Before passing away in 1938, Atatürk, in addition to implementing western reforms to improve the lives of his people, made an unusual decision; he handed responsibility for protecting Turkey’s democratic government to…the military, unusual in that it’s usually militaries that overthrow governments. Turkey has had several coups since the 1960s and each time the military has supported democracy without permanently seizing power.

 

 

 

Atatürk, Father of the Turkish Republic

 

 

In 2010 we learned much about Turkish culture from Selçuk, our guide. Turkey’s aggressive but popular prime minister, Erdogan, was defying Atatürk’s legacy by pushing the nation in the direction of Sharia or Islamic Law, giving religious leaders a much stronger role in his government. When Turkey’s constitution forbade Erdogan from running again for prime minister, he ran and won the presidency, which up until that time had been a mostly ceremonial position. He then began passing laws giving himself more and more power.

 

Recently, Erdogan had been jailing journalists and others hostile to his administration, and he’d been sacking and replacing military leaders for fear of a coup, which turned out this weekend to be a valid concern. We don’t yet know the details of this failed coup, but there must have been those in the military who believed Erdogan’s power grab was itself a threat to Turkey’s democracy.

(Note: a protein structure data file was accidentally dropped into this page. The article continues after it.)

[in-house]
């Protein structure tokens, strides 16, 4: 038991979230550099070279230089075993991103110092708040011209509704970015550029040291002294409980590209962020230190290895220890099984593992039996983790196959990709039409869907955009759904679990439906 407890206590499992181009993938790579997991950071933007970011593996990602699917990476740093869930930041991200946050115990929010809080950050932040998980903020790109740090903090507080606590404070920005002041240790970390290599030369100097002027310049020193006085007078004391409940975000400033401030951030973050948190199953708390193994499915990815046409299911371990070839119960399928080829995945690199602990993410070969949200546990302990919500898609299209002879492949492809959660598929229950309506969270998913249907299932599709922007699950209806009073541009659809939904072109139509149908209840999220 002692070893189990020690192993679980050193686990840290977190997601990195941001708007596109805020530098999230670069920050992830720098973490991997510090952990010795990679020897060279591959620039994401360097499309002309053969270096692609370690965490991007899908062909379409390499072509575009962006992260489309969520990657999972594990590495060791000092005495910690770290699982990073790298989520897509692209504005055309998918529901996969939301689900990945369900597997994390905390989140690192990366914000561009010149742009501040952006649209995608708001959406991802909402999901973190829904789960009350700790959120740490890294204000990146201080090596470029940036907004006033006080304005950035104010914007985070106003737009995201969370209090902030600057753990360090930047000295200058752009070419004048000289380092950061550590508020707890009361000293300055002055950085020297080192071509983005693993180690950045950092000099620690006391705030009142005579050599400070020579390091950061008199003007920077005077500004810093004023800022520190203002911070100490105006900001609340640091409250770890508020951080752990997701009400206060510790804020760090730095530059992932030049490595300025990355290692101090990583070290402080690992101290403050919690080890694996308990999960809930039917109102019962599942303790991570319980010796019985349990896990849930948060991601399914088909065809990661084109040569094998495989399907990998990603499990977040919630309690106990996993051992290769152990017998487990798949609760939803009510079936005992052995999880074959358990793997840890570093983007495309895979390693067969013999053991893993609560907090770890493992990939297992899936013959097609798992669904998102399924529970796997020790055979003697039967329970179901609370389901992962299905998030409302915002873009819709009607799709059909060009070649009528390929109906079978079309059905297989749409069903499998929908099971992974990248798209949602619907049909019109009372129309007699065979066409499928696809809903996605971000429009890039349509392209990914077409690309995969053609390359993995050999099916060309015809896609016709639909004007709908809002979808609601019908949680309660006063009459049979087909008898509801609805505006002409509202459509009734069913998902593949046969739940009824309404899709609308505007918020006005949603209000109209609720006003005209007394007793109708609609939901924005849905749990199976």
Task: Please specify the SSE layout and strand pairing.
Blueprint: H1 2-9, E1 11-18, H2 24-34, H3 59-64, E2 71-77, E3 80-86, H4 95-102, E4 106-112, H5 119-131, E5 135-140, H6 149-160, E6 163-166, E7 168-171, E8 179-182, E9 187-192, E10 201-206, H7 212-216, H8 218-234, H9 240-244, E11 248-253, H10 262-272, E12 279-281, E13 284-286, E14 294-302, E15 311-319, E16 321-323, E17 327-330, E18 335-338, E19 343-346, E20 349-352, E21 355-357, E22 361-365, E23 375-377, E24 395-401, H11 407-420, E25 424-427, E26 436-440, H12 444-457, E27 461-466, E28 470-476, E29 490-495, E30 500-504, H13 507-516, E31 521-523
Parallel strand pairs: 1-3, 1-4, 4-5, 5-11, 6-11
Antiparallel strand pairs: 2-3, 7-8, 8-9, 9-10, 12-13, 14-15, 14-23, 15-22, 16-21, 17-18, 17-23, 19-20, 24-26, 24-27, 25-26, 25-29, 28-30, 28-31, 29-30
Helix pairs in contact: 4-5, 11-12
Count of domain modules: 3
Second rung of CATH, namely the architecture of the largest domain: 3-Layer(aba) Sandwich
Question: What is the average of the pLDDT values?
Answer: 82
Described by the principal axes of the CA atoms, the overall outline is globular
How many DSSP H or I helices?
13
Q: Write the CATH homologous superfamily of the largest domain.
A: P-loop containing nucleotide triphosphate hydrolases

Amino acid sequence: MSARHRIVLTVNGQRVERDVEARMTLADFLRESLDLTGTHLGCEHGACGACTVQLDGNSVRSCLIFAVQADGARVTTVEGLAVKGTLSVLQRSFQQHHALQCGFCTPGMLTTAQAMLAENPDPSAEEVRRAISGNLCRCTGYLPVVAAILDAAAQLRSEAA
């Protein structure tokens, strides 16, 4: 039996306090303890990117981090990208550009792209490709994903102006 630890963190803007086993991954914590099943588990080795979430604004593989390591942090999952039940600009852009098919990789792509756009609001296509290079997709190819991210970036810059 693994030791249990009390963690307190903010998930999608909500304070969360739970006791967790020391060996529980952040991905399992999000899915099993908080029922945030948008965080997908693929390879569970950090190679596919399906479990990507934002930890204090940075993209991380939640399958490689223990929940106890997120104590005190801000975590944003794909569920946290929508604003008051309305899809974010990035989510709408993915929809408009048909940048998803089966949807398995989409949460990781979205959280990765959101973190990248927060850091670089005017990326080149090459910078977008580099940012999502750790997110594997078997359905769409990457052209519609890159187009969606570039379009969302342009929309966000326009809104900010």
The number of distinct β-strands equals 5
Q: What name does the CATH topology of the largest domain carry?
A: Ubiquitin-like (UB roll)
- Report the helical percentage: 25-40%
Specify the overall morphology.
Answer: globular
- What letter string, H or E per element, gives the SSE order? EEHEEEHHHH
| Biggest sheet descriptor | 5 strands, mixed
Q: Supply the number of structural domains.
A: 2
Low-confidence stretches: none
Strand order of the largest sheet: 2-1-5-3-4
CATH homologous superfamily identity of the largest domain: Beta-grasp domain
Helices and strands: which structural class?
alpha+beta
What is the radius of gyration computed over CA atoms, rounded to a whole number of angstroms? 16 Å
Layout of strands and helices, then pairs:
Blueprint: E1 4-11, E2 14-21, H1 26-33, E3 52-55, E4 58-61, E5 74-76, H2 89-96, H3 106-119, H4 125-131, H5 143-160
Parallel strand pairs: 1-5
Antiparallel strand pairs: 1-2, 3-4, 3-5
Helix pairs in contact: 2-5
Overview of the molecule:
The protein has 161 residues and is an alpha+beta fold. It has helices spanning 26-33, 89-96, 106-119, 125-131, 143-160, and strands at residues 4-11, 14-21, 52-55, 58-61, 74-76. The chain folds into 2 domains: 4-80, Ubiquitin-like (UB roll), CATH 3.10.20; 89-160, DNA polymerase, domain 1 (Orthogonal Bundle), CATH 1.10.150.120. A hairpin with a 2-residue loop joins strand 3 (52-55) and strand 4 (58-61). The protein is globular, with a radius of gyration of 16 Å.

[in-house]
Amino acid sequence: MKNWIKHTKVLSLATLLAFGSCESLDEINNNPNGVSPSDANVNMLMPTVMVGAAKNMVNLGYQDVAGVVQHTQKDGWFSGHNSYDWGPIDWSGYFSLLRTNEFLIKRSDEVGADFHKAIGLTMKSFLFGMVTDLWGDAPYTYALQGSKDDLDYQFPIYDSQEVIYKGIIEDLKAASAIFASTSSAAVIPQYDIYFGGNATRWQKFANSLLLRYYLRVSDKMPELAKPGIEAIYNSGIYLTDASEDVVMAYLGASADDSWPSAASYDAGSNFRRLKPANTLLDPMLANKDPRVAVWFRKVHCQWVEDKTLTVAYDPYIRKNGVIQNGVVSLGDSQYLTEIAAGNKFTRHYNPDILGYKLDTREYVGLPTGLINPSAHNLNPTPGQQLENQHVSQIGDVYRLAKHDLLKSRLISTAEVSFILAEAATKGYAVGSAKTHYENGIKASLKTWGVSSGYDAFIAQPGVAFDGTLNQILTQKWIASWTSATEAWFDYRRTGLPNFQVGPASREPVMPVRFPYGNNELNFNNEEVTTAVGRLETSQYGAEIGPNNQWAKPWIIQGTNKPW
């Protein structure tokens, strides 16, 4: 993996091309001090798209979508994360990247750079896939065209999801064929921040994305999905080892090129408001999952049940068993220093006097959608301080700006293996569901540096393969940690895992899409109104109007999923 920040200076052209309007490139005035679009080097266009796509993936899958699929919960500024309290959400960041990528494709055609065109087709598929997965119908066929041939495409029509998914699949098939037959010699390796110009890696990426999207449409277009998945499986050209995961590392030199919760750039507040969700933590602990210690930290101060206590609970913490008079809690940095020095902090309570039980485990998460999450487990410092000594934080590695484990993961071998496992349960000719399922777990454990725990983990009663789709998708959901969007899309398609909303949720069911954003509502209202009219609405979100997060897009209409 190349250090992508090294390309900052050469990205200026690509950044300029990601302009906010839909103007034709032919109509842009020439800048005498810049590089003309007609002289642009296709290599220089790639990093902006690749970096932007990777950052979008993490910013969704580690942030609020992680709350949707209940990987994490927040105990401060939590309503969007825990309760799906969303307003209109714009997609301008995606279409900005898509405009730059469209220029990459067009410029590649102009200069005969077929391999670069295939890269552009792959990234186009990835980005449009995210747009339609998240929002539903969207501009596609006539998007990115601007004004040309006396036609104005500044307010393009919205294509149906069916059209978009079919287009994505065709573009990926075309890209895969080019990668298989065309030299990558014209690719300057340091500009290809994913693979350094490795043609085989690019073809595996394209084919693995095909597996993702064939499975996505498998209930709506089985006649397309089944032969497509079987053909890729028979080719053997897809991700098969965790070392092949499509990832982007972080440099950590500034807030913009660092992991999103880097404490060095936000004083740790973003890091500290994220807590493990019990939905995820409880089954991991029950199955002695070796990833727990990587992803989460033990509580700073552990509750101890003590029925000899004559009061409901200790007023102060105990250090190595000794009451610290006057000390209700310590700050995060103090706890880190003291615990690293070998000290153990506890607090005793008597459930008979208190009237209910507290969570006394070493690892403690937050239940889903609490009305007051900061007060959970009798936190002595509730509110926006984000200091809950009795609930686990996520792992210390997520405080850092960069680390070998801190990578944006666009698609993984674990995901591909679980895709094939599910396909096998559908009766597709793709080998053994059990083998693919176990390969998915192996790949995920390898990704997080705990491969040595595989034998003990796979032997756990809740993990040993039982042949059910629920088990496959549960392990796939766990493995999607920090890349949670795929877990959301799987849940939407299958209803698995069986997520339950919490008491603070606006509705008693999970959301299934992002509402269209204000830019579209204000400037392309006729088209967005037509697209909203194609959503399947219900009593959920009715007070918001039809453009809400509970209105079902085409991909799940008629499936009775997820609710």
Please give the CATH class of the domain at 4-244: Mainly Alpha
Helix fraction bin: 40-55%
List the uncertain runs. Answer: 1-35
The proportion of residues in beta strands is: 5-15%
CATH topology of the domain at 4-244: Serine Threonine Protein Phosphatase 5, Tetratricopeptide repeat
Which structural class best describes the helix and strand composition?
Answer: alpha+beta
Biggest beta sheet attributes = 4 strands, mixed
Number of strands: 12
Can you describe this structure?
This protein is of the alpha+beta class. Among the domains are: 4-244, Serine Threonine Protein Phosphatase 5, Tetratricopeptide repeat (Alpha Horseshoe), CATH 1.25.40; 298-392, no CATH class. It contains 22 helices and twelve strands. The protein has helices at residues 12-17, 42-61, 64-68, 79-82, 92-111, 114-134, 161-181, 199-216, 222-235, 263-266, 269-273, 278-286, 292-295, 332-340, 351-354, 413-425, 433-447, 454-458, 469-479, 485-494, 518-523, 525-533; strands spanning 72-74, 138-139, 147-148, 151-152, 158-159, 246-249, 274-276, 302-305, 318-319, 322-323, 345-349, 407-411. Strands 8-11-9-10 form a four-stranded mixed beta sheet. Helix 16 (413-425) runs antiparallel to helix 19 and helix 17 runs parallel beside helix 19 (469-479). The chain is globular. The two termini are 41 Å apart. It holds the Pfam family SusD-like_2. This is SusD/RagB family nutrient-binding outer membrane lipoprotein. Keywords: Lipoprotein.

Ironically, it was the journalists and members of opposition parties targeted by Erdogan who saved the president by taking to the streets to support their democratically elected leader, with whom they disagreed on most issues. The big question now is how Erdogan will respond to all this. Will he consolidate his power by cracking down on all opposition like Saddam Hussein, Muammar Gaddafi and other tyrants? Will there be a bloodbath in Turkey, a NATO member and our biggest regional ally in the war against ISIS?

           

Will the legacy of Atatürk prevail, or will Turkey’s success unravel should the country turn back the hands of time to move in a direction many would prefer—an eighth century caliphate based on the teachings of Mohammed? Troubling times lay ahead for Turkey, a magnificent country with an astonishing past, a tourist destination for millions and one of the places our civilization cut its teeth.

 

I fear for our charming friend Selçuk, a gay man living in a country that might be on its way to branding him a criminal and separating him from his head. 

 

A few pictures of Turkey from our travels:

 

 

 

 

 

 

 

 

 

 

 

 

 

 

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Comments

17 Comments
It was terrible to hear about that this past weekend. A lot of people were killed in the process.
By: Alex J. Cavanaugh on July 18, 2016
Stephen, from what you write, I'm sorry the coup failed.
By: Snowbrush on July 18, 2016
the entire world seems to be giving into violence and religion. I would love to visit Turkey one day and hope it remains a secular country. religion stagnates progress.
By: Ellen Abbott on July 18, 2016